I was never a shop-lifter, but I became one in that moment. My bleeding head and almost a broken elbow, did not give me a lot of time to bargain.
So I came out of the shop and sat right in front of it, on the pavement, trying to reach to the back of my head. There were too many bleeding spots in my head, that I couldn’t see. I sat there wishing someone to stop and help me with the first-aid.
People, filthy people of this world, bustled on the streets like cockroaches, unsure of which gutter they came out of and which one they wanted to go into. No one, not even a single one, stopped by, took a look at me or asked me how I got hurt so bad. Mostly, because I did not look like I was a homeless hurt beggar, but also, because I looked more like I was shot a couple of times in a gang war, like one of those reservoir dogs.
Then a lady came forth. I did not make any eye contacts with her. I was a bit scared of her appearance. She looked straight out of rehab; she had no hair, no teeth, no eyes, no ass, no mouth, no lips, no clothes, no soul, no voice, basically nothing aesthetic you’d want to see on a human body. She was just a walking unnoticeable nobody on those streets. She could stand next to a pale yellow wall and blend with it. I wanted to know what kind of drugs she was on—that filthy skank!
But she had noticed me. She came closer, held my hands and dragged me along with her. I wanted to jerk her nasty arms and rush home, maybe take an antiseptic shower and scrub myself till I bled and chop my arms off, by the end of it all. But I couldn’t. Her touch was not the kind of touch, I had ever felt. It wasn’t warm or cold or sweaty or normal. It was just blissful. So I did not act frisky. I stayed calm and let her do her own thing.
She walked me back to where I was a few minutes ago; near that busy road divider. The cops had arrived there, the lorry that had hit me, was there too. The driver had gotten his ass busted. Some idiot, had really got carried away and had called an ambulance worth no use.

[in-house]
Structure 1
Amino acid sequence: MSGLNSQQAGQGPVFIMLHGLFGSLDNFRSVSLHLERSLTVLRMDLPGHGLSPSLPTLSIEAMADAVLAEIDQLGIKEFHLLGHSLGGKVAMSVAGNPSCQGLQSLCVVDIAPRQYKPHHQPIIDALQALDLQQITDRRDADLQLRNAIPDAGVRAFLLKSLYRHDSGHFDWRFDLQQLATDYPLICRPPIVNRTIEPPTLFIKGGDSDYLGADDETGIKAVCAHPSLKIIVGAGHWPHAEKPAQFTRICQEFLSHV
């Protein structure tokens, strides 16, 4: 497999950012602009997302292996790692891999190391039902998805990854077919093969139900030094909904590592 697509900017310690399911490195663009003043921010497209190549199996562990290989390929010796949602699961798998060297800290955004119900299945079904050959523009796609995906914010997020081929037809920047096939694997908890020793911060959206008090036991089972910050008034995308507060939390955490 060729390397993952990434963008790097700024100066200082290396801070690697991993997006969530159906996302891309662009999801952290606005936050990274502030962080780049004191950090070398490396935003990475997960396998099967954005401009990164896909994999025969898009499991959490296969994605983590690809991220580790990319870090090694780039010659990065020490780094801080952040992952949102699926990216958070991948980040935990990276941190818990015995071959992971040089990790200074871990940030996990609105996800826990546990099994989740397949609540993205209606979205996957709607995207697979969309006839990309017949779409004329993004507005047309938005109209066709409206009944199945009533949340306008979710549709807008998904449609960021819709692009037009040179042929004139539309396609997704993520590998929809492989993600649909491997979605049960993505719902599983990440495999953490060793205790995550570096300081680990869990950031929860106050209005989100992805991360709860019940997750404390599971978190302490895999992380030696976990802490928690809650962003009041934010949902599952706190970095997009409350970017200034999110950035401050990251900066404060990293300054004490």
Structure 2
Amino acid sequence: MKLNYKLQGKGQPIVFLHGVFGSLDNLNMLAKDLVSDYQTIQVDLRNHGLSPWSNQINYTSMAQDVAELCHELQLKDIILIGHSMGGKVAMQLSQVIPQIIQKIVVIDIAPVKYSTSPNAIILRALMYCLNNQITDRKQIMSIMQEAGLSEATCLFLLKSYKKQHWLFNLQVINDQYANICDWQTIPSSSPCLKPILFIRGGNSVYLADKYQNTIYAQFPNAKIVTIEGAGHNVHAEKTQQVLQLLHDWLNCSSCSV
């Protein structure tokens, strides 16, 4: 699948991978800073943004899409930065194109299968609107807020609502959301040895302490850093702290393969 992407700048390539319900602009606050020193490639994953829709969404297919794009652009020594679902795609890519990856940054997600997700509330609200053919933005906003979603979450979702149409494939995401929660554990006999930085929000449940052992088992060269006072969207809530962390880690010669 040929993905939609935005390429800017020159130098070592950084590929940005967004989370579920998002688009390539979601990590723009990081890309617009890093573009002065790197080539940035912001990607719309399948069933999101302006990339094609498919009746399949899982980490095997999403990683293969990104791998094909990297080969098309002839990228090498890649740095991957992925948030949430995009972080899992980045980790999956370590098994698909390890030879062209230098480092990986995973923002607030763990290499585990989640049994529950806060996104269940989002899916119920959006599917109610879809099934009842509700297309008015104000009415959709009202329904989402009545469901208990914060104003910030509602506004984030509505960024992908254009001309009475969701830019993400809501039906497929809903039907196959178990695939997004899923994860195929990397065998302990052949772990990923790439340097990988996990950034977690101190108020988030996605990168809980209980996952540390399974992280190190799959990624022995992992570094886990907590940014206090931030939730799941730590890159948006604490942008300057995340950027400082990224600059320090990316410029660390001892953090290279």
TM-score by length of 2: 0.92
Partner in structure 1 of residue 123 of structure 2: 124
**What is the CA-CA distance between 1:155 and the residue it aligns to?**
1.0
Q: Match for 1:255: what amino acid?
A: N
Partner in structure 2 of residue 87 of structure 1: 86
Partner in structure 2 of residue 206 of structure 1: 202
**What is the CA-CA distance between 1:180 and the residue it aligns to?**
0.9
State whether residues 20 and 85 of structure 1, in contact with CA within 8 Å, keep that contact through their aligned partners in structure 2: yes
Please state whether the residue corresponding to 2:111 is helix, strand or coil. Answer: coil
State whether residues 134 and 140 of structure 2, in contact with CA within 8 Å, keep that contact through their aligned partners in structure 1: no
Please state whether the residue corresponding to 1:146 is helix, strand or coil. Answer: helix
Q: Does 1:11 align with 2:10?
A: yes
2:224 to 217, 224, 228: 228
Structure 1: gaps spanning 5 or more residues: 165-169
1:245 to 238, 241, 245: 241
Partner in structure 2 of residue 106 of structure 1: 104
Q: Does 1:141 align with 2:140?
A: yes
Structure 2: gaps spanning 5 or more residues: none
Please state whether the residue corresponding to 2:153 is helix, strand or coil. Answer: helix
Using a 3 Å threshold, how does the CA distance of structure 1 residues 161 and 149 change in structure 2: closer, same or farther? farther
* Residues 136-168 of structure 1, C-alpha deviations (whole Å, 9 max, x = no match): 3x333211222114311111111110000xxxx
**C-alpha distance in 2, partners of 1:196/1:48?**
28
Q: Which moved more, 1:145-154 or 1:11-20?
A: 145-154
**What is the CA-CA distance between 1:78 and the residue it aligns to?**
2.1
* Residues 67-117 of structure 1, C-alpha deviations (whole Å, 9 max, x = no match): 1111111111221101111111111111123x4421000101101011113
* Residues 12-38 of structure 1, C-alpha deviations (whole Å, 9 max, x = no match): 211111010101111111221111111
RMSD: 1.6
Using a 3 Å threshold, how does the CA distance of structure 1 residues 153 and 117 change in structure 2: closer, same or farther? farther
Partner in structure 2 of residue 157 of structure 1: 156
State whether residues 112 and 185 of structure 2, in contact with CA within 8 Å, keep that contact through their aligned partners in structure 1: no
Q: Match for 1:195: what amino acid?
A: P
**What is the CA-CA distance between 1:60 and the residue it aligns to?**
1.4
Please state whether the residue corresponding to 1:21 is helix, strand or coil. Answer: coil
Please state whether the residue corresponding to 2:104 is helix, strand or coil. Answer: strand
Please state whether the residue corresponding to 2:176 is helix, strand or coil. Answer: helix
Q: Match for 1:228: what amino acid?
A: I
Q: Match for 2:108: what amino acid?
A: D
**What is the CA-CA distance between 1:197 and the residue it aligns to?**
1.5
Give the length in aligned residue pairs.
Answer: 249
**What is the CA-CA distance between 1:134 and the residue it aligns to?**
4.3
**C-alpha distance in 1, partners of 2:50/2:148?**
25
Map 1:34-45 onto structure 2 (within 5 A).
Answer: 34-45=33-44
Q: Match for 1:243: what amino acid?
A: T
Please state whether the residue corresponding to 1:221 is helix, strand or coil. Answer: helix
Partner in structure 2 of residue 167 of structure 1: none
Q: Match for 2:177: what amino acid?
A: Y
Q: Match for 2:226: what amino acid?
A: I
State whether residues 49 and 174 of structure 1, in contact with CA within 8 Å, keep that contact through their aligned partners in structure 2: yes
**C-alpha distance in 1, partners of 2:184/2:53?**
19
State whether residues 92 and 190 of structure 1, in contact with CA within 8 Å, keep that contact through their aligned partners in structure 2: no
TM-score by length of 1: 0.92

I saw my blood splattered in five radius meters. I had no idea, I had bled so much. Half of the mob was still there; just standing, gossiping, and clicking photos.
“Fucking losers!” I thought. I knew what I had to do next; walk up to the cops, give my official statement and get the driver off the grid. It wasn’t really his fault after all.
I wanted to walk over to him, but lady held on to me tight, she kept walking me to the spot, till I saw it. And I saw, covered in white sheets, laying on the floor, the half split open head of mine, that bled from one cut off ear to the other and back, and my nose and jaws and cheeks were mushed in the cement like a fresh coating of concrete. And on my sides and fronts and backs and all over the street, among walking and driving and honking civilians, were other unnoticeable silhouettes and blobs, shaped like ladies and men and kids and dogs and everything that looked like it was once alive.